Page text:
# Preface

A numerical approximation to the solution of a linear elliptic partial differential equation at a single point. Simulation of the motion of a random particle may be used to approximate the solution to linear elliptic equations.

Introduction to Linear Algebra with Mathematica

# Monte Carlo for Elliptic Equations

Simulation of the motion of a random particle may be used to approximate the solution to linear elliptic equation. In particular, consider the two-dimensional Dirichlet boundary value problem:

$\begin{split} L[u] &= f(x,y), \qquad x,y \in R, \\ u &= \phi (x,y,t) , \qquad x,y \in \partial R, \end{split}$
with the differential operator L[ ] defined by
$L[u] = A\,u_{xx} + 2B\,u_{xy} + C\,u_{yy} + D\,u_x + E\,u_y ,$
where A, B, C, D, E, F are all functions of {x,y,t}. Here R is two dimensional domain on ℝ² with smooth boundary ∂R.

The steps for this method are straightforward. First, approximate the given elliptic partial differential equation by a finite difference method. Rewrite the finite difference formula as a recursive function for the value of the unknown at any given point. Then interpret this recursive formula as a set of transition probabilities that determine the motion of a random particle.

Now, write a computer program that will allow many (say K) particles to wander randomly around the domain of interest, based on the transition probabilities found from the difference formula. Simulate particles one at a time, with every particle starting off at the same point (say the point $\bfz$).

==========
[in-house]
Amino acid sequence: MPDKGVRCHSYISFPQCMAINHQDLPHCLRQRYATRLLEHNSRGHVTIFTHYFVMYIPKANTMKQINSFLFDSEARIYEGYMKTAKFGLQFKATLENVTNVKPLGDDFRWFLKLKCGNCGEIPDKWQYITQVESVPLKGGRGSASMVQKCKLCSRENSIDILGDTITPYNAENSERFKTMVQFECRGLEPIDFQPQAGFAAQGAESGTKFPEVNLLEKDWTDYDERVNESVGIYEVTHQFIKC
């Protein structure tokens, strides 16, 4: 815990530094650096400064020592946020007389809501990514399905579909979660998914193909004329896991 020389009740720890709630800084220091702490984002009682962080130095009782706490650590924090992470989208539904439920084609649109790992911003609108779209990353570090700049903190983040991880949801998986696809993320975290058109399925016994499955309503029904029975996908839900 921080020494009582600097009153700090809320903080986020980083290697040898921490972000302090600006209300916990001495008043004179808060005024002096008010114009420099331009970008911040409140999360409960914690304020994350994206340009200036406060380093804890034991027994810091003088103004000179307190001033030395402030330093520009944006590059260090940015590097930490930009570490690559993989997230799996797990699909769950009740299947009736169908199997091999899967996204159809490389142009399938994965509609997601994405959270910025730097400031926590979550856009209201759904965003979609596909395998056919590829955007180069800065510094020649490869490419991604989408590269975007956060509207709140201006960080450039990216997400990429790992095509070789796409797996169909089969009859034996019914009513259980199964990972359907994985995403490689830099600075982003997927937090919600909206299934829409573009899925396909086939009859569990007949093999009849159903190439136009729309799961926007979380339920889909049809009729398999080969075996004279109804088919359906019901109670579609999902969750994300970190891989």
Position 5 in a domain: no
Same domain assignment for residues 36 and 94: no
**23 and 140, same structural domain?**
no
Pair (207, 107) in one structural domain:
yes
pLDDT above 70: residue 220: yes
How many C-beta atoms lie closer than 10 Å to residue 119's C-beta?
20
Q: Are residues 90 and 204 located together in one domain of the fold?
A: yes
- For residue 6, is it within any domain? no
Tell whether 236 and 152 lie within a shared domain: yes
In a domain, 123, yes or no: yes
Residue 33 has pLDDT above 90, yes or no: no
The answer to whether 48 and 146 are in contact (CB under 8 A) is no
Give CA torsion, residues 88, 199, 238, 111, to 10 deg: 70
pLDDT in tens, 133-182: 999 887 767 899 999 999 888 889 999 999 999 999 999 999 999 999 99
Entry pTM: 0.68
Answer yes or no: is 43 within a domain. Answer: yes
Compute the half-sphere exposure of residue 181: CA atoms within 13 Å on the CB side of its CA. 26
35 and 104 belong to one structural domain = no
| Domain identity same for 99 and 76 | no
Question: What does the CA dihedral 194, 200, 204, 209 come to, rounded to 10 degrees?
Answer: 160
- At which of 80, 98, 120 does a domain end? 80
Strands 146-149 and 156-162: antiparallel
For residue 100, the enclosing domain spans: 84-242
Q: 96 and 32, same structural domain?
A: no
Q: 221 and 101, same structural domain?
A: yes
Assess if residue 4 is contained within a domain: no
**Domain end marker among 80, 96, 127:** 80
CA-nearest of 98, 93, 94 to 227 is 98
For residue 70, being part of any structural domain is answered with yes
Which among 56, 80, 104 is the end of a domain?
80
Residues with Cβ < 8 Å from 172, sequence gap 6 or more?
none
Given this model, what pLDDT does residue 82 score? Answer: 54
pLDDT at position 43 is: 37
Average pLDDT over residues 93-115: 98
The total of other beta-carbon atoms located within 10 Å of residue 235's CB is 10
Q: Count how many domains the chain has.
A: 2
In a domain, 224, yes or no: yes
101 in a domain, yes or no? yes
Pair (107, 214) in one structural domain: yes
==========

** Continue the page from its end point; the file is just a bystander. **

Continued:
If the boundary data are not necessarily of the Dirichlet type (i.e., Neumann or mixed boundary conditions) then, when the particles reach the boundary, they will be given a finite probability to leave the boundary, and re-enter the domain of the problem. If the particle leaves the boundary, then continue the iteration process. If it does not leave the boundary, then the value at the boundary is stored away, and a new particle is started off at the point~$\bfz$.

The simulation is finished after all $K$ particles have been absorbed into the boundary. If the original elliptic equation was homogeneous, then an approximation to the solution, at the point $\bfz$, will be given by the average of all the values obtained (recall that when the particles stop at the boundary they obtain a value).

step = 0.10;
SUM = 0.0;
disp("Number of particles    Approximation")
for i = 1:10000
X = [2;0];
r = norm(X);
while r <= 3 && r > 1
X = X + step*sign(rand(2,1) - .5);
r = norm(X);
end
if r <= 1 % When a particle hits the boundary, sum the value
SUM = SUM + 4;
end
if  r >= 3
SUM = SUM + 6;
end
if mod(i,1000) == 0
fprintf("%10d %21.3f \n", i, SUM/i)
end
end